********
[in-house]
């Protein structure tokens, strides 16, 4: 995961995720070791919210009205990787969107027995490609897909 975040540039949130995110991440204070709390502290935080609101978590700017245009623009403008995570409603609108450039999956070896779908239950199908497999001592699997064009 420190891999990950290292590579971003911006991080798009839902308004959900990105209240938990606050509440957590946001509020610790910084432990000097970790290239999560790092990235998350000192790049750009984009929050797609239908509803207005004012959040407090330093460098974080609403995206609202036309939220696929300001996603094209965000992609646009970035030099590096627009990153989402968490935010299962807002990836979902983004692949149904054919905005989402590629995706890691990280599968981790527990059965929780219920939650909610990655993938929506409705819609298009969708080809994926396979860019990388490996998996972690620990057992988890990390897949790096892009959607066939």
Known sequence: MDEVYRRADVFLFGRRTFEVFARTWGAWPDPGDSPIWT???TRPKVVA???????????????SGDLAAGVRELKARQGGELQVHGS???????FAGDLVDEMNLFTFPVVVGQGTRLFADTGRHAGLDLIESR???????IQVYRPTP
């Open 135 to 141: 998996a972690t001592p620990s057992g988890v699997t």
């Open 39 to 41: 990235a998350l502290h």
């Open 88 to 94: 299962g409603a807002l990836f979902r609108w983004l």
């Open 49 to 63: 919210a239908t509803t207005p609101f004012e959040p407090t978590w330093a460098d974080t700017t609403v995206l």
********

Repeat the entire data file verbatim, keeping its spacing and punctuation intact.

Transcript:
[in-house]
């Protein structure tokens, strides 16, 4: 995961995720070791919210009205990787969107027995490609897909 975040540039949130995110991440204070709390502290935080609101978590700017245009623009403008995570409603609108450039999956070896779908239950199908497999001592699997064009 420190891999990950290292590579971003911006991080798009839902308004959900990105209240938990606050509440957590946001509020610790910084432990000097970790290239999560790092990235998350000192790049750009984009929050797609239908509803207005004012959040407090330093460098974080609403995206609202036309939220696929300001996603094209965000992609646009970035030099590096627009990153989402968490935010299962807002990836979902983004692949149904054919905005989402590629995706890691990280599968981790527990059965929780219920939650909610990655993938929506409705819609298009969708080809994926396979860019990388490996998996972690620990057992988890990390897949790096892009959607066939």
Known sequence: MDEVYRRADVFLFGRRTFEVFARTWGAWPDPGDSPIWT???TRPKVVA???????????????SGDLAAGVRELKARQGGELQVHGS???????FAGDLVDEMNLFTFPVVVGQGTRLFADTGRHAGLDLIESR???????IQVYRPTP
């Open 135 to 141: 998996a972690t001592p620990s057992g988890v699997t």
């Open 39 to 41: 990235a998350l502290h």
């Open 88 to 94: 299962g409603a807002l990836f979902r609108w983004l």
């Open 49 to 63: 919210a239908t509803t207005p609101f004012e959040p407090t978590w330093a460098d974080t700017t609403v995206l």